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A theory of mine:

Mood is often thought to lie along one main axis: at one end, euthymia (or mania), and at the other, dysthymia and lethargy. However, this is an oversimplification. Rather, mood lies along two (or possibly more) main axes: thymia and energy. The former ranges from euthymia to dysthymia, and the latter from lethargy to zeal, thus:

             Zeal
              ^
   Mania      |      Anger
    Joy       |      Angst
              |
Euth.<--------+-------->Dysth.
              |
              |
  Placidity   |    Depression
              v
           Lethargy

In my experience, this is far more apt than a single axis, though perhaps the commonest moods lie nevertheless upon the diagonal from upper left to lower right.

In this system, one who has little motivation and energy is lethargic rather than depressed; one who has great rage and grief is dysthymic rather than depressed. Only one who has both symptoms is truly depressed. This is of note since both dysthymia and euthymia can be powerful, driving forces, but one must be zealous for this to be so. The real problem is lethargy.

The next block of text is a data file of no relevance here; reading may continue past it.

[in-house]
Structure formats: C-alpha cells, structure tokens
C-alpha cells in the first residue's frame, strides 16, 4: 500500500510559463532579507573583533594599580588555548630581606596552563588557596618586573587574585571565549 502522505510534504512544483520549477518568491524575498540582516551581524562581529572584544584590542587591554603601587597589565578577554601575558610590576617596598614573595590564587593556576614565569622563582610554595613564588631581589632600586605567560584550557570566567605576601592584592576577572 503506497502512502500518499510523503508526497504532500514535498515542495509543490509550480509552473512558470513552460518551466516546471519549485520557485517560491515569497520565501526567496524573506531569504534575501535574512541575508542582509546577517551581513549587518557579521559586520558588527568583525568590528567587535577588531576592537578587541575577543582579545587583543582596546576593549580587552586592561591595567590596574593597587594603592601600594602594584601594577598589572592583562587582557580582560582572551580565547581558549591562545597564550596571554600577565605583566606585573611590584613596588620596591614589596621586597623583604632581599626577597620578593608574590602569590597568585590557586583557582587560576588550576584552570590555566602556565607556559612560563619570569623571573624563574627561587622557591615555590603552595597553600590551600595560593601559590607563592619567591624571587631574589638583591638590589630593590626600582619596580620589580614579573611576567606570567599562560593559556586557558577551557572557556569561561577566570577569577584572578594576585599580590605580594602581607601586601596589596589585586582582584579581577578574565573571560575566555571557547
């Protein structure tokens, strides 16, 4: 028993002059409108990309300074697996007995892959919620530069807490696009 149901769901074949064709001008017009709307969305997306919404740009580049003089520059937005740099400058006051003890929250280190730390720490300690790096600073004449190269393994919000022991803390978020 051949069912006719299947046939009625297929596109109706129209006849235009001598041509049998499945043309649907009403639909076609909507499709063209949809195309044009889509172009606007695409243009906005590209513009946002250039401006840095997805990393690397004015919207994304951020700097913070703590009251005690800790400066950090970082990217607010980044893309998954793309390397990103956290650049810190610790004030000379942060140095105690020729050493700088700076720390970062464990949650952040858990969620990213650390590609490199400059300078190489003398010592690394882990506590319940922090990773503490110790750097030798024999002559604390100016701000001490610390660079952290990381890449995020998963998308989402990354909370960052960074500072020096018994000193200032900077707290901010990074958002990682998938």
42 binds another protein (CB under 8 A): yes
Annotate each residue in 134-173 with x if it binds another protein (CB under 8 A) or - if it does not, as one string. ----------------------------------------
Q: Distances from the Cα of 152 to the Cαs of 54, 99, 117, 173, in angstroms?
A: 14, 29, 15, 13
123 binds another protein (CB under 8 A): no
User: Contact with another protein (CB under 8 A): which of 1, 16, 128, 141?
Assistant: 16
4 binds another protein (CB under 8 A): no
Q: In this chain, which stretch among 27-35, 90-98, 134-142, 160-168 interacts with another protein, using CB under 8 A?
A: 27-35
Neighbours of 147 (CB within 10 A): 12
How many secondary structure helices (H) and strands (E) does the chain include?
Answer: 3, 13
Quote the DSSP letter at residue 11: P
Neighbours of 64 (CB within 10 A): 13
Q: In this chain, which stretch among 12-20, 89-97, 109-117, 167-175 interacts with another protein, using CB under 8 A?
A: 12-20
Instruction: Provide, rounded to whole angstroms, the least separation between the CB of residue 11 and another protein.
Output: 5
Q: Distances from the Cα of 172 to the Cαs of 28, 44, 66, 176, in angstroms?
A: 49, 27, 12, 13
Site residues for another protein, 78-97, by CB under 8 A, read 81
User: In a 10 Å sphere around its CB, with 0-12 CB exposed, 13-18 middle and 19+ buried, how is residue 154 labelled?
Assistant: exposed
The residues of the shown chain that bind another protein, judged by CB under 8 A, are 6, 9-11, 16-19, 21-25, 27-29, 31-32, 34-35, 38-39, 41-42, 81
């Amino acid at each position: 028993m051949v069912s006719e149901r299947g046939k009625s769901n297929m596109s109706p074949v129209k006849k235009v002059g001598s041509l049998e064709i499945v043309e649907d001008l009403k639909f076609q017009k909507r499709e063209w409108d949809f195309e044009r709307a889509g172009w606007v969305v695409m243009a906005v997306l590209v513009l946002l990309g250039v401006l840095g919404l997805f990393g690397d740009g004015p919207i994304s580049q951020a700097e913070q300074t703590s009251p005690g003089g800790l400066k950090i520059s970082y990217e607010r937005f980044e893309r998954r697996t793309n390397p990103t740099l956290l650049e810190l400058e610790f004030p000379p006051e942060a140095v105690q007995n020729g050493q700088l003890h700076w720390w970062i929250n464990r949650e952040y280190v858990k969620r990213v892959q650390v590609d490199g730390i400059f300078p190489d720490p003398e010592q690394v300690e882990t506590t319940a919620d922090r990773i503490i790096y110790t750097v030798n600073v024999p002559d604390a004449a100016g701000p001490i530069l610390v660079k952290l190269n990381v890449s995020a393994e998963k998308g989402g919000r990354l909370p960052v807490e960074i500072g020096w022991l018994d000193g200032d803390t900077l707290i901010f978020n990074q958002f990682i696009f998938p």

This is the SSRI's dirty secret. Some studies (1,2) have shown that SSRIs can cause blunted affect. Of course, this may be better than severe, crushing depression, but in milder cases it may not be preferable.

I AM NOT A MEDICAL PROFESSIONAL; THIS IS NOT A PROFESSIONAL MEDICAL OPINION. Talk to a psychiatrist at once about any mental problems, and value his or her professional opinion over aught posted by some guy on E2.

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